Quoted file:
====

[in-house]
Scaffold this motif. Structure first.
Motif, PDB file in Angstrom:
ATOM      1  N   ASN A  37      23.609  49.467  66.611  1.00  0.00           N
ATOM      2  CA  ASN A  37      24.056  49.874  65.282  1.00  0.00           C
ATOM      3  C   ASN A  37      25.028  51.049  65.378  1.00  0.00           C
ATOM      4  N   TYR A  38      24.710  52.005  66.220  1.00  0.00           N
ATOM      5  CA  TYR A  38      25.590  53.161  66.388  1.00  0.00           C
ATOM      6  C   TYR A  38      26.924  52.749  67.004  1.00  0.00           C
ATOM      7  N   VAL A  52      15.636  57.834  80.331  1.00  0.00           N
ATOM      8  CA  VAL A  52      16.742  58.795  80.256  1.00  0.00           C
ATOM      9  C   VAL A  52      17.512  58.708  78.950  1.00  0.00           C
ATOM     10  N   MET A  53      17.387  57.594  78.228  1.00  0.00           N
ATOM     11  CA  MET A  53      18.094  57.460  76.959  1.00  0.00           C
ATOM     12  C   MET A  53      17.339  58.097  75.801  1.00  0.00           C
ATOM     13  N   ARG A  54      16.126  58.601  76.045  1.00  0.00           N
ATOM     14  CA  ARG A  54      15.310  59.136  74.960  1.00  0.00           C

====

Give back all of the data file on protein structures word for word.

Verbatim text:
[in-house]
Scaffold this motif. Structure first.
Motif, PDB file in Angstrom:
ATOM      1  N   ASN A  37      23.609  49.467  66.611  1.00  0.00           N
ATOM      2  CA  ASN A  37      24.056  49.874  65.282  1.00  0.00           C
ATOM      3  C   ASN A  37      25.028  51.049  65.378  1.00  0.00           C
ATOM      4  N   TYR A  38      24.710  52.005  66.220  1.00  0.00           N
ATOM      5  CA  TYR A  38      25.590  53.161  66.388  1.00  0.00           C
ATOM      6  C   TYR A  38      26.924  52.749  67.004  1.00  0.00           C
ATOM      7  N   VAL A  52      15.636  57.834  80.331  1.00  0.00           N
ATOM      8  CA  VAL A  52      16.742  58.795  80.256  1.00  0.00           C
ATOM      9  C   VAL A  52      17.512  58.708  78.950  1.00  0.00           C
ATOM     10  N   MET A  53      17.387  57.594  78.228  1.00  0.00           N
ATOM     11  CA  MET A  53      18.094  57.460  76.959  1.00  0.00           C
ATOM     12  C   MET A  53      17.339  58.097  75.801  1.00  0.00           C
ATOM     13  N   ARG A  54      16.126  58.601  76.045  1.00  0.00           N
ATOM     14  CA  ARG A  54      15.310  59.136  74.960  1.00  0.00           C